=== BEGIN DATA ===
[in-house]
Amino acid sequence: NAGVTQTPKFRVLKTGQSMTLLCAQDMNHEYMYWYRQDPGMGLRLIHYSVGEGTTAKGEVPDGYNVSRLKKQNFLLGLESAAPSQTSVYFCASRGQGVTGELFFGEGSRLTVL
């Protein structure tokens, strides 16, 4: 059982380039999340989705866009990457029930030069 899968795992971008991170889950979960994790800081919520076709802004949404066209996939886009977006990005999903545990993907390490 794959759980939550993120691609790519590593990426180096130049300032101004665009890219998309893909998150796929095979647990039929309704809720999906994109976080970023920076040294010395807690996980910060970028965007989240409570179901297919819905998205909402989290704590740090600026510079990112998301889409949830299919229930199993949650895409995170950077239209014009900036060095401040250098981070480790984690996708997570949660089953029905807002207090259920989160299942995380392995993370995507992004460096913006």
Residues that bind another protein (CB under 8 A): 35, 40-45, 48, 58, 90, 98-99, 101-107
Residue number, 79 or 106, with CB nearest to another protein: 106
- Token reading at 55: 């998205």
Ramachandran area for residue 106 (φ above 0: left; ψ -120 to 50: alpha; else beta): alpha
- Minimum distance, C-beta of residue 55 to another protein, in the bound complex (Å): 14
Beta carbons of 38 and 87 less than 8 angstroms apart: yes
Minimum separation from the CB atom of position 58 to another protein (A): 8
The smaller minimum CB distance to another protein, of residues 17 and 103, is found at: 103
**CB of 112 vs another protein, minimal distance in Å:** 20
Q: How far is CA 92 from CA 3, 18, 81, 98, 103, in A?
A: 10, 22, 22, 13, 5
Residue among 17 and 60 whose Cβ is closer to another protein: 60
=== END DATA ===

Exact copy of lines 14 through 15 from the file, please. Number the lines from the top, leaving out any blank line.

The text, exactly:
A: 10, 22, 22, 13, 5
Residue among 17 and 60 whose Cβ is closer to another protein: 60